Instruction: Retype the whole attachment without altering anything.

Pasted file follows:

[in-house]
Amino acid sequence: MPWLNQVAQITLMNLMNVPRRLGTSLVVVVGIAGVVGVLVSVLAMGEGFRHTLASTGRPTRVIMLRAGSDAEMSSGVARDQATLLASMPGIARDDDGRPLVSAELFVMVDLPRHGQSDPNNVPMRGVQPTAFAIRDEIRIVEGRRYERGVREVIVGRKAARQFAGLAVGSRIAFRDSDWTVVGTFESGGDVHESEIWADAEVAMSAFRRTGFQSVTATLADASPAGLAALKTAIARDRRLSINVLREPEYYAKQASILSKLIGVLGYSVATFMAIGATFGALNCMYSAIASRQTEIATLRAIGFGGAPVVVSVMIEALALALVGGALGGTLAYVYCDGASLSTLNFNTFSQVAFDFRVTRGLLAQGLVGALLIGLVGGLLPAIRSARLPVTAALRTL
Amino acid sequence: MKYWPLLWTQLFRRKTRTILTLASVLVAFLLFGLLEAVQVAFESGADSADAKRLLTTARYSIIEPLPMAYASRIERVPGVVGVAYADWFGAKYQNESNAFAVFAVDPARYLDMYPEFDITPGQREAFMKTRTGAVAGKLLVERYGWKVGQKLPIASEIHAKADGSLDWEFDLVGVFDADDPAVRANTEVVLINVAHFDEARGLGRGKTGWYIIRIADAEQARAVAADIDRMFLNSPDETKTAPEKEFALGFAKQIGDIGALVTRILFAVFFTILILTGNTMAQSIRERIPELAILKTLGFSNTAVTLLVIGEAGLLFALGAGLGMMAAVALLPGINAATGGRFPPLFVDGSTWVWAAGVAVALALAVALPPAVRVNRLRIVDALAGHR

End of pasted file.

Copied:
[in-house]
Amino acid sequence: MPWLNQVAQITLMNLMNVPRRLGTSLVVVVGIAGVVGVLVSVLAMGEGFRHTLASTGRPTRVIMLRAGSDAEMSSGVARDQATLLASMPGIARDDDGRPLVSAELFVMVDLPRHGQSDPNNVPMRGVQPTAFAIRDEIRIVEGRRYERGVREVIVGRKAARQFAGLAVGSRIAFRDSDWTVVGTFESGGDVHESEIWADAEVAMSAFRRTGFQSVTATLADASPAGLAALKTAIARDRRLSINVLREPEYYAKQASILSKLIGVLGYSVATFMAIGATFGALNCMYSAIASRQTEIATLRAIGFGGAPVVVSVMIEALALALVGGALGGTLAYVYCDGASLSTLNFNTFSQVAFDFRVTRGLLAQGLVGALLIGLVGGLLPAIRSARLPVTAALRTL
Amino acid sequence: MKYWPLLWTQLFRRKTRTILTLASVLVAFLLFGLLEAVQVAFESGADSADAKRLLTTARYSIIEPLPMAYASRIERVPGVVGVAYADWFGAKYQNESNAFAVFAVDPARYLDMYPEFDITPGQREAFMKTRTGAVAGKLLVERYGWKVGQKLPIASEIHAKADGSLDWEFDLVGVFDADDPAVRANTEVVLINVAHFDEARGLGRGKTGWYIIRIADAEQARAVAADIDRMFLNSPDETKTAPEKEFALGFAKQIGDIGALVTRILFAVFFTILILTGNTMAQSIRERIPELAILKTLGFSNTAVTLLVIGEAGLLFALGAGLGMMAAVALLPGINAATGGRFPPLFVDGSTWVWAAGVAVALALAVALPPAVRVNRLRIVDALAGHR